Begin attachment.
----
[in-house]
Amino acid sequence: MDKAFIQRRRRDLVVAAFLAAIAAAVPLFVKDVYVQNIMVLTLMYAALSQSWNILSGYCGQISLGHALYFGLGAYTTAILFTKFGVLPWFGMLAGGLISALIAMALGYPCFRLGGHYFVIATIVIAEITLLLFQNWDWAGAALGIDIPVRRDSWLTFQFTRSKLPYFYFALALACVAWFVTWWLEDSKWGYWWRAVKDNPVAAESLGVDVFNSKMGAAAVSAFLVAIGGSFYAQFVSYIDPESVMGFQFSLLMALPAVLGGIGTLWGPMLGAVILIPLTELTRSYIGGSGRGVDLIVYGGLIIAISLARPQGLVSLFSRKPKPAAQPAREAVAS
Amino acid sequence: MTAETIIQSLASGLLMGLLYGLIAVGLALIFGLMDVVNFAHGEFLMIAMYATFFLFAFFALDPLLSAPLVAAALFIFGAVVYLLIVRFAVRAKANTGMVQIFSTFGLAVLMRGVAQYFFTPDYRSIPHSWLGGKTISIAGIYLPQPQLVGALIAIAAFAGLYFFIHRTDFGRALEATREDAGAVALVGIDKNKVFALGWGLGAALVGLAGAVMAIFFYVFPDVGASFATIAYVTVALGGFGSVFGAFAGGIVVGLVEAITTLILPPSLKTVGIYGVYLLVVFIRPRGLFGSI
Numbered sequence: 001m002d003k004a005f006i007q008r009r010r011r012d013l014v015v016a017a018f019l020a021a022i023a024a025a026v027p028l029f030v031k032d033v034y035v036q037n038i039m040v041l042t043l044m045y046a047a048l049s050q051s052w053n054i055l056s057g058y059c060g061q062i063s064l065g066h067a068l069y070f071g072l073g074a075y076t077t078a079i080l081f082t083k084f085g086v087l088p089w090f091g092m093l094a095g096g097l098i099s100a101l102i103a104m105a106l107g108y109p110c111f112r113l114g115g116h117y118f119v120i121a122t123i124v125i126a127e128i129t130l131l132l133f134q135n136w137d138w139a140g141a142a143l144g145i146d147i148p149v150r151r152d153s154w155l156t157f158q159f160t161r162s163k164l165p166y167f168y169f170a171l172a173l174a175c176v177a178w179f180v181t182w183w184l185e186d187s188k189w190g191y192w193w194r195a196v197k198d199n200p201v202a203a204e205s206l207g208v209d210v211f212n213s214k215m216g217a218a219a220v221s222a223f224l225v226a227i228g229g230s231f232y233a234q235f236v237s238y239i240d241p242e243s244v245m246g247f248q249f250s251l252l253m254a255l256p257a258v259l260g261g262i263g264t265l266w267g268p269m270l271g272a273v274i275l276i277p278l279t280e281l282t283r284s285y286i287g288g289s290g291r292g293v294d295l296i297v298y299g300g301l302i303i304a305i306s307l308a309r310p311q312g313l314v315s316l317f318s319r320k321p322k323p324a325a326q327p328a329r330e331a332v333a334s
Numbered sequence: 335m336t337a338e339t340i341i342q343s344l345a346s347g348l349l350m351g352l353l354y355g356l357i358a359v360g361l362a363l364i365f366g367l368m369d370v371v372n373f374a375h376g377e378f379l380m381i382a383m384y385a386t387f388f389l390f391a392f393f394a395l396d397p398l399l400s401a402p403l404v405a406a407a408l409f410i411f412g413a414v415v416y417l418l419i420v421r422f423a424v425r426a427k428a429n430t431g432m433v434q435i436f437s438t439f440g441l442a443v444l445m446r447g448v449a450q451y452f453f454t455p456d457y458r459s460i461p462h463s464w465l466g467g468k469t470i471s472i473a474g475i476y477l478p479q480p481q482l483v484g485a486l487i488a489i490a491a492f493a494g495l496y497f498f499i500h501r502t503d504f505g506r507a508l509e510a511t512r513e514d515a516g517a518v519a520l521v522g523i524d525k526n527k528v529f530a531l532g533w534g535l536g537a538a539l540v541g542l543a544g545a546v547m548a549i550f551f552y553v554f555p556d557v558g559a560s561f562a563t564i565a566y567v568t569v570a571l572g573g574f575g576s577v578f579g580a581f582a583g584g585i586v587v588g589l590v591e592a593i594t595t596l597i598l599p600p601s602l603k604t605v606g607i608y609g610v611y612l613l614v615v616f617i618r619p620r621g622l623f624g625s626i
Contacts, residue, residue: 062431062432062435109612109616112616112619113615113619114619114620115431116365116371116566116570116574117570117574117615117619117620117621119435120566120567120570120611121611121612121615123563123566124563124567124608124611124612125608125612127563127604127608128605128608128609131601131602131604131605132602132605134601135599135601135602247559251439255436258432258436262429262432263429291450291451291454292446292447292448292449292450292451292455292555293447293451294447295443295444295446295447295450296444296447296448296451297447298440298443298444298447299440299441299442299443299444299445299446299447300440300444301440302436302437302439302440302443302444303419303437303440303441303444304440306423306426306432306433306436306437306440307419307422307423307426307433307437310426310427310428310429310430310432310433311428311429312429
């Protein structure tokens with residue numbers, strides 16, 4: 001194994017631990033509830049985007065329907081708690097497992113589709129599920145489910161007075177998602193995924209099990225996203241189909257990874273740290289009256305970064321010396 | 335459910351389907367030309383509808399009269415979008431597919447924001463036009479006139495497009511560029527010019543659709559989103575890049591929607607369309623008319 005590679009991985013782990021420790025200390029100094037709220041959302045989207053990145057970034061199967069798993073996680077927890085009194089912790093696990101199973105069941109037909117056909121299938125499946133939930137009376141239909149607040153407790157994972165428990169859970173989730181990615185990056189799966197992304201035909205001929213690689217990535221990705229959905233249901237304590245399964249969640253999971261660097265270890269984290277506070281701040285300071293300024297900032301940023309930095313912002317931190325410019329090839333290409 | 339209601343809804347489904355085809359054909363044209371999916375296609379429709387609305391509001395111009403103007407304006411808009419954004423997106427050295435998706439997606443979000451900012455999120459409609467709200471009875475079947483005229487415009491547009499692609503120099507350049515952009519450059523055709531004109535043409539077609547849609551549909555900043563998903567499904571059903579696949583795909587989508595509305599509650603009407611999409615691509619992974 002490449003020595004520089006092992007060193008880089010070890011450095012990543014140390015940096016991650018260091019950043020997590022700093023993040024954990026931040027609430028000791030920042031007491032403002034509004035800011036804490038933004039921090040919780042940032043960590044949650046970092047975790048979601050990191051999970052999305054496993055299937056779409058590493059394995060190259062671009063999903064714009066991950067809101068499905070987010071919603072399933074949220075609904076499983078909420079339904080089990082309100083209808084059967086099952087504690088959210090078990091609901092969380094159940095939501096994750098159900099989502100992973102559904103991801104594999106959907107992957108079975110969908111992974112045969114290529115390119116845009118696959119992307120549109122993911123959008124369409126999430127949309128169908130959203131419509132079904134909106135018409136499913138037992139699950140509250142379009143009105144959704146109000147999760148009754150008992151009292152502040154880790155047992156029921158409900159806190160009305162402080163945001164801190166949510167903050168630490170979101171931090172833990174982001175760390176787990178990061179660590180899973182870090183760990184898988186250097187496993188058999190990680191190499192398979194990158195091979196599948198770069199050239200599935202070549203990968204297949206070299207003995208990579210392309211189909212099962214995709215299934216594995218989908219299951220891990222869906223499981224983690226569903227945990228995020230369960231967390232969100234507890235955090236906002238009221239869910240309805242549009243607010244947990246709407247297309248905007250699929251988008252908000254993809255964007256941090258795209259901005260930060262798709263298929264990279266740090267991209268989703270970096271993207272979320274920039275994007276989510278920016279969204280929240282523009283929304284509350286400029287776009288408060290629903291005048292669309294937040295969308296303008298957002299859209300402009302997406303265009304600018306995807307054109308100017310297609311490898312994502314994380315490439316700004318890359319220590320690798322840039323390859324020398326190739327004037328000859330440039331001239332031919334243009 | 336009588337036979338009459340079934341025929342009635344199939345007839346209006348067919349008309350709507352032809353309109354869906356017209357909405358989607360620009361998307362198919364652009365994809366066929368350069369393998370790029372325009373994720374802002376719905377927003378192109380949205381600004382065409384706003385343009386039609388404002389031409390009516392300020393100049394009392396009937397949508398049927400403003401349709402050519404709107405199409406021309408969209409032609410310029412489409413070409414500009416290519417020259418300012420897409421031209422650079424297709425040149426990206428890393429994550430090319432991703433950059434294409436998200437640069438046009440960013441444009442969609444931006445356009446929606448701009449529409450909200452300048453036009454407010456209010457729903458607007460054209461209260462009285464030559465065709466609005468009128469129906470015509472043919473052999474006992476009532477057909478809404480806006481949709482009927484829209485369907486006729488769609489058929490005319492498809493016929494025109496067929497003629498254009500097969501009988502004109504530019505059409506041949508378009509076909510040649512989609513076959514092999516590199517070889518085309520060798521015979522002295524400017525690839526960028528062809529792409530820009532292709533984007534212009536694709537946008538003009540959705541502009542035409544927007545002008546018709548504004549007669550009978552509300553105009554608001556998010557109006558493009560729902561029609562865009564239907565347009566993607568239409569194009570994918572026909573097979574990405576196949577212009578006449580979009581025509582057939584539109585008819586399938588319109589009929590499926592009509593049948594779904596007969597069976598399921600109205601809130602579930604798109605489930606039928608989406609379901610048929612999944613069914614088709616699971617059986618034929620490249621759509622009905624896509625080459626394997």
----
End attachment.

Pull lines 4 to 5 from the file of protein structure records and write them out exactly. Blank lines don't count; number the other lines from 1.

Numbered sequence: 001m002d003k004a005f006i007q008r009r010r011r012d013l014v015v016a017a018f019l020a021a022i023a024a025a026v027p028l029f030v031k032d033v034y035v036q037n038i039m040v041l042t043l044m045y046a047a048l049s050q051s052w053n054i055l056s057g058y059c060g061q062i063s064l065g066h067a068l069y070f071g072l073g074a075y076t077t078a079i080l081f082t083k084f085g086v087l088p089w090f091g092m093l094a095g096g097l098i099s100a101l102i103a104m105a106l107g108y109p110c111f112r113l114g115g116h117y118f119v120i121a122t123i124v125i126a127e128i129t130l131l132l133f134q135n136w137d138w139a140g141a142a143l144g145i146d147i148p149v150r151r152d153s154w155l156t157f158q159f160t161r162s163k164l165p166y167f168y169f170a171l172a173l174a175c176v177a178w179f180v181t182w183w184l185e186d187s188k189w190g191y192w193w194r195a196v197k198d199n200p201v202a203a204e205s206l207g208v209d210v211f212n213s214k215m216g217a218a219a220v221s222a223f224l225v226a227i228g229g230s231f232y233a234q235f236v237s238y239i240d241p242e243s244v245m246g247f248q249f250s251l252l253m254a255l256p257a258v259l260g261g262i263g264t265l266w267g268p269m270l271g272a273v274i275l276i277p278l279t280e281l282t283r284s285y286i287g288g289s290g291r292g293v294d295l296i297v298y299g300g301l302i303i304a305i306s307l308a309r310p311q312g313l314v315s316l317f318s319r320k321p322k323p324a325a326q327p328a329r330e331a332v333a334s
Numbered sequence: 335m336t337a338e339t340i341i342q343s344l345a346s347g348l349l350m351g352l353l354y355g356l357i358a359v360g361l362a363l364i365f366g367l368m369d370v371v372n373f374a375h376g377e378f379l380m381i382a383m384y385a386t387f388f389l390f391a392f393f394a395l396d397p398l399l400s401a402p403l404v405a406a407a408l409f410i411f412g413a414v415v416y417l418l419i420v421r422f423a424v425r426a427k428a429n430t431g432m433v434q435i436f437s438t439f440g441l442a443v444l445m446r447g448v449a450q451y452f453f454t455p456d457y458r459s460i461p462h463s464w465l466g467g468k469t470i471s472i473a474g475i476y477l478p479q480p481q482l483v484g485a486l487i488a489i490a491a492f493a494g495l496y497f498f499i500h501r502t503d504f505g506r507a508l509e510a511t512r513e514d515a516g517a518v519a520l521v522g523i524d525k526n527k528v529f530a531l532g533w534g535l536g537a538a539l540v541g542l543a544g545a546v547m548a549i550f551f552y553v554f555p556d557v558g559a560s561f562a563t564i565a566y567v568t569v570a571l572g573g574f575g576s577v578f579g580a581f582a583g584g585i586v587v588g589l590v591e592a593i594t595t596l597i598l599p600p601s602l603k604t605v606g607i608y609g610v611y612l613l614v615v616f617i618r619p620r621g622l623f624g625s626i